Symptoms: Hypotension, bradycardia or tachycardia, shock, cardiac failure, confusion, dizziness, muscle cramps, weakness, paraesthesia, fatigue, nausea, vomiting, thirst, bronchospasm, fluid and electrolyte loss, hypokalaemia, hyponatraemia, hypochloraemia, alkalosis, raised BUN, polyuria, oliguria, or anuria. Management: Symptomatic and supportive treatment. Induce vomiting, perform gastric lavage, or administer activated charcoal to eliminate content. In case of hypotension, raise the patient's legs, correct fluid and electrolyte loss, and administer vasopressor (e.g. levarterenol, dopamine) as required. Give β2 agonists or theophylline in cases of bronchospasm. Administer atropine to treat bradycardia; may give isoproterenol cautiously if there is no response to vagal blockade. To combat cardiac failure, administer digitalis glycoside and diuretic. In case of shock resulting from inadequate cardiac contractility, may consider giving dobutamine, isoproterenol, or glucagon.
Drug Interactions
Metoprolol: May increase plasma concentration with strong CYP2D6 inhibitors (e.g. fluoxetine, paroxetine, bupropion, thioridazine, quinidine, propafenone, ritonavir, diphenhydramine, hydroxychloroquine, terbinafine, cimetidine). May cause additive effects with catecholamine-depleting drugs (e.g. reserpine, MAOIs). Increased risk of bradycardia with digitalis glycosides. May increase cardiodepressant effect with general anaesthetics. Metoprolol may reduce the therapeutic effect of epinephrine. Hydrochlorothiazide: May increase the risk of hypokalaemia with steroids or ACTH. May decrease the arterial response to norepinephrine. May increase effect of tubocurarine. Reduced clearance of lithium thus increases the risk of toxicity. Rarely, concomitant use with methyldopa may increase risk of haemolytic anaemia. Diminished therapeutic effect with NSAIDs. Decreased absorption with colestyramine and colestipol resins.
Food Interaction
Alcohol may potentiate the orthostatic hypotensive effect of hydrochlorothiazide.
Lab Interference
Hydrochlorothiazide: May affect parathyroid function tests; may reduce serum iodine (protein-bound) without signs of thyroid disturbance. May cause false-negative aldosterone/renin ratio (ARR).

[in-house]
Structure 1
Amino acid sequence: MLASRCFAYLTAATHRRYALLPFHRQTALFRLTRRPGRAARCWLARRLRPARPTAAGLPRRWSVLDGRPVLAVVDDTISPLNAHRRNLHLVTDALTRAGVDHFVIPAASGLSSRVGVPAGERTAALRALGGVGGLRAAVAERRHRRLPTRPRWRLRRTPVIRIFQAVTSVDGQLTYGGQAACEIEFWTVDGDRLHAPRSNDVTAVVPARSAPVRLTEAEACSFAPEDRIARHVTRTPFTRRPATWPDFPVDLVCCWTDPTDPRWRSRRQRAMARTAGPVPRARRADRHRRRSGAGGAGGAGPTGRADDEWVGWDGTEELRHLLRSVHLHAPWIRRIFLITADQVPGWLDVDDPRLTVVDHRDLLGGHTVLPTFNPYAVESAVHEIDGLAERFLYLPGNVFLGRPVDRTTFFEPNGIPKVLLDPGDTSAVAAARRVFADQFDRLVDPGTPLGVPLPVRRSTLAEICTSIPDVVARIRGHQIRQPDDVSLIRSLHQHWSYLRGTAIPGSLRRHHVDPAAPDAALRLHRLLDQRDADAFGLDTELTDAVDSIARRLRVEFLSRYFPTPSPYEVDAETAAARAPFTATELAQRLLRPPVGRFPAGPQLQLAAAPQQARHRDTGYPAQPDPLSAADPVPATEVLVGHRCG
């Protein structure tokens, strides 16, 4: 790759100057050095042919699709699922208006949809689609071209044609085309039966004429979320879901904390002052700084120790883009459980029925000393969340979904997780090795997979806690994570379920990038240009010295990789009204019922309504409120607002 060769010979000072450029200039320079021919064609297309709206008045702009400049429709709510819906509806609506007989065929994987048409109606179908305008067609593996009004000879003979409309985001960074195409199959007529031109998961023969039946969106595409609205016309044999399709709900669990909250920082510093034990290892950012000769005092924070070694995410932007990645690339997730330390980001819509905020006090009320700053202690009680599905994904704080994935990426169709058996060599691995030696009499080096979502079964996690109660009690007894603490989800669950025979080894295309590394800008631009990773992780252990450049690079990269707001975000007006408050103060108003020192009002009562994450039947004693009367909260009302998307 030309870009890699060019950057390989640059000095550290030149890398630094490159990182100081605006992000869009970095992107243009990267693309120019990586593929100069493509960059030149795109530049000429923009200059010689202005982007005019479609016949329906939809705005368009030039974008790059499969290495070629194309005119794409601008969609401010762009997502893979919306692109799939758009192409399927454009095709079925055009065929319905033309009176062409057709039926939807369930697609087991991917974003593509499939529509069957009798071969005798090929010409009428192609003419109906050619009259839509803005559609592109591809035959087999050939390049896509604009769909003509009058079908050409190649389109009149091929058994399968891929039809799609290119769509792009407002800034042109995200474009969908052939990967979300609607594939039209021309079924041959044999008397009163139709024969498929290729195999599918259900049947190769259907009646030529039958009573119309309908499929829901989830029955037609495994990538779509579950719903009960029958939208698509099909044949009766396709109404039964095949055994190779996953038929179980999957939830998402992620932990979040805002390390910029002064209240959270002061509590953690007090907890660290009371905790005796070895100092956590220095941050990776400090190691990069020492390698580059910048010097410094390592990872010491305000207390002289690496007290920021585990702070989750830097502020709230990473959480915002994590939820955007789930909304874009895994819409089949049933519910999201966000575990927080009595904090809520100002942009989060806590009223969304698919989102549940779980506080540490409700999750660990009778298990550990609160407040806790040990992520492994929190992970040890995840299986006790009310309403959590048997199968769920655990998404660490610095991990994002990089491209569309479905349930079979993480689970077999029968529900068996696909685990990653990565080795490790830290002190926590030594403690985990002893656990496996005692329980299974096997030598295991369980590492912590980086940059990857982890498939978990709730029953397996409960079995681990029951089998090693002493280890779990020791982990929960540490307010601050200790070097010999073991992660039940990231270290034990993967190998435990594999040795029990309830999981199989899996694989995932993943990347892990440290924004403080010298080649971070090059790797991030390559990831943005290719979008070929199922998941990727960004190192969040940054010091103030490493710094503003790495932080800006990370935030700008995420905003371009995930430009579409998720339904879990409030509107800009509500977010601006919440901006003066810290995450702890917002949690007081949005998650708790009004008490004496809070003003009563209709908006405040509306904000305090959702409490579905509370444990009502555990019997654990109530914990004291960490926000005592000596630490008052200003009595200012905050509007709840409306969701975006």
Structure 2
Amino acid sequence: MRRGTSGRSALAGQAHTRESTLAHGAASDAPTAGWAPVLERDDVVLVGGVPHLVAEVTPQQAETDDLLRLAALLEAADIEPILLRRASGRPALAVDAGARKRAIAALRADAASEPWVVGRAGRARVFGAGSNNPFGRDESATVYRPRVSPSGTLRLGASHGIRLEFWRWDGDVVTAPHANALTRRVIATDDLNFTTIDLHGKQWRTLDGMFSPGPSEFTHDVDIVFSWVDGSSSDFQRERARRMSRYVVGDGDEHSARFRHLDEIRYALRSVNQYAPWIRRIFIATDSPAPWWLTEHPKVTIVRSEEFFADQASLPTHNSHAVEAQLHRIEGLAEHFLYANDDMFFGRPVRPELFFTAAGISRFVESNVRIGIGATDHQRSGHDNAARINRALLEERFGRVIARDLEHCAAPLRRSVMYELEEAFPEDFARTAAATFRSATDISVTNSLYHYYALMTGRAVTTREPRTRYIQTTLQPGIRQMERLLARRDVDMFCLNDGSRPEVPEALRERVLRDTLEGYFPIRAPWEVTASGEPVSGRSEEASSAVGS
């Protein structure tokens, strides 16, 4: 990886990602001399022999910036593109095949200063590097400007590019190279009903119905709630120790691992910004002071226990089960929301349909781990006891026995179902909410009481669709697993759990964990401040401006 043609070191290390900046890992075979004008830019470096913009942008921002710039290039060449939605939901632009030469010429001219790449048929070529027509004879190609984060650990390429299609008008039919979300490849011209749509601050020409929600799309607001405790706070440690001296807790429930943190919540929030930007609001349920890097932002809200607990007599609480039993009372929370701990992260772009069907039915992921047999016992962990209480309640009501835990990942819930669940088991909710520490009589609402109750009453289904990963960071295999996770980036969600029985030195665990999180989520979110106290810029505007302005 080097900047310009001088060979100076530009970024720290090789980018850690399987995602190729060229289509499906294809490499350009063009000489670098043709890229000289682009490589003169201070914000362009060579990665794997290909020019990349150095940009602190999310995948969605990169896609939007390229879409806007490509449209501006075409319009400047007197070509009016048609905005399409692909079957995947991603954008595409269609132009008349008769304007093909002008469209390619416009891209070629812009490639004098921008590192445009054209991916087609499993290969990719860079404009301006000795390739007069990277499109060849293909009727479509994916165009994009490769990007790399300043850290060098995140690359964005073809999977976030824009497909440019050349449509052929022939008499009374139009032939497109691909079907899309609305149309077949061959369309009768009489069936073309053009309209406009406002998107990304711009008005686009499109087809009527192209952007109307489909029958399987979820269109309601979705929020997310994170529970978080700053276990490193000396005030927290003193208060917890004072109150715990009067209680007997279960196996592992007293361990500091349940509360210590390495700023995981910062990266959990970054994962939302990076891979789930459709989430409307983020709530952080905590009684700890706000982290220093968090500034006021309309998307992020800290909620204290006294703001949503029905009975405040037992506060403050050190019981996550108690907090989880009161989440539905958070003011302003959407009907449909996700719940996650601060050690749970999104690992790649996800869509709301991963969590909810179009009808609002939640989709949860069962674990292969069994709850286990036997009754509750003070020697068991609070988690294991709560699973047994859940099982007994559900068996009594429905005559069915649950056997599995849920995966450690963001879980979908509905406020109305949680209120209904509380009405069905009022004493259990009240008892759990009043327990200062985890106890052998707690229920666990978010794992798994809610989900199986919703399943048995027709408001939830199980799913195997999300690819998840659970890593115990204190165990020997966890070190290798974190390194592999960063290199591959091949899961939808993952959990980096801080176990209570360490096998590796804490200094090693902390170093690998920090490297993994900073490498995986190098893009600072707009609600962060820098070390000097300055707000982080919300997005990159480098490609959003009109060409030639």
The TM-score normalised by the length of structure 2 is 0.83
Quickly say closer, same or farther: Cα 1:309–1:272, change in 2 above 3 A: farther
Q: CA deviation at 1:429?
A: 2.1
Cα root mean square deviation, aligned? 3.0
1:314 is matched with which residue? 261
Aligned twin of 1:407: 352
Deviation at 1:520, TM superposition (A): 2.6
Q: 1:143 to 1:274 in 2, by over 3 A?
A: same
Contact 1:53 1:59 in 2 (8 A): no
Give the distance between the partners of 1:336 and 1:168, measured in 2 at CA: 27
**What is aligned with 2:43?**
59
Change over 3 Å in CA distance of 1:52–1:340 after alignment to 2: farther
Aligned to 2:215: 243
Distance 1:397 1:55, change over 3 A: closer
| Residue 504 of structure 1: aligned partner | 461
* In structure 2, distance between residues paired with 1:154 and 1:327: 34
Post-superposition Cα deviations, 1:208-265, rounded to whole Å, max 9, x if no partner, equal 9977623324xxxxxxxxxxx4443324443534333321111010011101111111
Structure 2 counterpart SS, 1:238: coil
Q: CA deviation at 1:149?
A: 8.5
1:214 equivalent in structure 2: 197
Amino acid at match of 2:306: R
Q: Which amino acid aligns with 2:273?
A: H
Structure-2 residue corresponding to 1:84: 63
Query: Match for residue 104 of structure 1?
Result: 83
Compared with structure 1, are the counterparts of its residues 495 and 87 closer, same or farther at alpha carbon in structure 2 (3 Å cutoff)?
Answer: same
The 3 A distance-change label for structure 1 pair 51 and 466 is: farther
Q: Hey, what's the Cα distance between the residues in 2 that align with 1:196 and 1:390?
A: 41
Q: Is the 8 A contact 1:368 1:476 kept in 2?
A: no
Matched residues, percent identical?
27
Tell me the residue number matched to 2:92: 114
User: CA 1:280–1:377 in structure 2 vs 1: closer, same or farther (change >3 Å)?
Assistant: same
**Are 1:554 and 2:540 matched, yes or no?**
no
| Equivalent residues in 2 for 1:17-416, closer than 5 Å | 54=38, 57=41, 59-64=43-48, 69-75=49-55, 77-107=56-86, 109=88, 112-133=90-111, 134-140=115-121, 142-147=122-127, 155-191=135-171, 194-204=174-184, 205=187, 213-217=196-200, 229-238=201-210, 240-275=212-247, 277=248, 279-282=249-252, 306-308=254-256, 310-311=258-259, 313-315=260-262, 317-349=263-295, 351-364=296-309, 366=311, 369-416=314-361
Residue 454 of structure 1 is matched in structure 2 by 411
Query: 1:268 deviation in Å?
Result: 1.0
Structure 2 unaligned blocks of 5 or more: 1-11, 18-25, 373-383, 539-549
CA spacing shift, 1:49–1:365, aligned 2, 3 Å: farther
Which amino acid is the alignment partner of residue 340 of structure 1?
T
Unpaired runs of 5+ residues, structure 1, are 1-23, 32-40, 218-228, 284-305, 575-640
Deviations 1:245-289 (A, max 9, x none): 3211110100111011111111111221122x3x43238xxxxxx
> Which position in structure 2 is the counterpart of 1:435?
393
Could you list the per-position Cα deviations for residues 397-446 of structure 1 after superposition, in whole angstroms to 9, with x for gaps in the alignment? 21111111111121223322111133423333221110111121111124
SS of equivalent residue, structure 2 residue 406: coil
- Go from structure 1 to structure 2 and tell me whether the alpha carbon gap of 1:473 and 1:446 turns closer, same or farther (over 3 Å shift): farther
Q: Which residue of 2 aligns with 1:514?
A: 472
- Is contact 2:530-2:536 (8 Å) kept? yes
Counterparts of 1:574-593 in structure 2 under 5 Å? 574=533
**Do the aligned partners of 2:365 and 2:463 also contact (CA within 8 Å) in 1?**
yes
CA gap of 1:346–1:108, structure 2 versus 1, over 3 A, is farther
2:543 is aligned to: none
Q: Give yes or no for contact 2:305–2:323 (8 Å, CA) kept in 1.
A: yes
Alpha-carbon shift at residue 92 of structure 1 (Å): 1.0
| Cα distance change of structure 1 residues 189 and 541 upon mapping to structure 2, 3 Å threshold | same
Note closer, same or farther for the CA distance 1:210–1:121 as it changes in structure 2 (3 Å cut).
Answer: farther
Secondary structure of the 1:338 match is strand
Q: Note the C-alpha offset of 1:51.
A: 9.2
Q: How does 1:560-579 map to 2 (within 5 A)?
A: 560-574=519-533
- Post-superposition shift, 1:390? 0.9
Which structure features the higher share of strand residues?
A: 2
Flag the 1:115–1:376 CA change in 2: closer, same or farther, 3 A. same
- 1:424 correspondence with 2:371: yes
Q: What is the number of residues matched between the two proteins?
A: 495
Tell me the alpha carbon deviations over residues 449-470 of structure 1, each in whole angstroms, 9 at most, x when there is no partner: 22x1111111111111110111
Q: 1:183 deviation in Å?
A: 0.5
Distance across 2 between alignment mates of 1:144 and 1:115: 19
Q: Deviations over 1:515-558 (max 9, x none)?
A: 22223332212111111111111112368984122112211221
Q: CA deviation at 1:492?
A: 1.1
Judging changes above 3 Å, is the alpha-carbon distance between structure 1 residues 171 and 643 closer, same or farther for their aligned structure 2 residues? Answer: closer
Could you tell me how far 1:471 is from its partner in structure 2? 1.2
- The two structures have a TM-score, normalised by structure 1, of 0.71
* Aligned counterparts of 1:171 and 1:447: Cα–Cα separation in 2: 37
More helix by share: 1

Metoprolol competitively blocks β1-receptors and possesses little to no effect on β2-receptors except at higher doses. It does not exhibit membrane stabilising or intrinsic sympathomimetic activity. Hydrochlorothiazide, a thiazide diuretic, inhibits Na reabsorption in the distal tubules causing increased Na, water, K and hydrogen ions excretion.
Onset: Metoprolol tartrate: Within 1 hour. Hydrochlorothiazide: Diuresis: Approx 2 hours.
Duration: Metoprolol: Variable (as tartrate); Approx 24 hours (as succinate). Hydrochlorothiazide: 6-12 hours.
Absorption: Metoprolol: Rapidly and completely absorbed from the gastrointestinal tract. Bioavailability: Approx 40-50% (as tartrate); 77% (as succinate). Time to peak plasma concentration: 1.5-2 hours; 10-12 hours (as succinate). Hydrochlorothiazide: Rapidly and well absorbed from the gastrointestinal tract. Enhanced absorption with food. Bioavailability: 65-75%. Time to peak plasma concentration: Approx 1-5 hours.
Distribution: Crosses the placenta, enters breast milk. Metoprolol: Widely distributed. Volume of distribution: 3.2-5.6 L/kg. Plasma protein binding: Approx 10-12%, mainly to albumin. Hydrochlorothiazide: Volume of distribution: 3.6-7.8 L/kg. Plasma protein binding: Approx 40-70%, mainly to albumin.
Metabolism: Metoprolol: Extensively metabolised in the liver by CYP2D6, undergoes first-pass metabolism (approx 50%). Hydrochlorothiazide: Not metabolised.
Excretion: Metoprolol: Via urine (95%, <5% as unchanged drug; increased to 30-40% in CYP2D6 poor metabolisers). Elimination half-life: 3-4 hours (7-9 hours in CYP2D6 poor metabolisers). Hydrochlorothiazide: Via urine (≥61% as unchanged drug). Elimination half-life: Approx 5-15 hours.
Oral: Store between 15-30°C. Protect from moisture.
CIMS Class
ATC Classification
C03AA03 - hydrochlorothiazide ; Belongs to the class of low-ceiling thiazide diuretics.
C07AB02 - metoprolol ; Belongs to the class of selective beta-blocking agents. Used in the treatment of cardiovascular diseases.
Disclaimer: This information is independently developed by CIMS based on metoprolol + hydrochlorothiazide from various references and is provided for your reference only. Therapeutic uses, prescribing information and product availability may vary between countries. Please refer to CIMS Product Monographs for specific and locally approved prescribing information. Although great effort has been made to ensure content accuracy, CIMS shall not be held responsible or liable for any claims or damages arising from the use or misuse of the information contained herein, its contents or omissions, or otherwise. Copyright © 2021 CIMS. All rights reserved. Powered by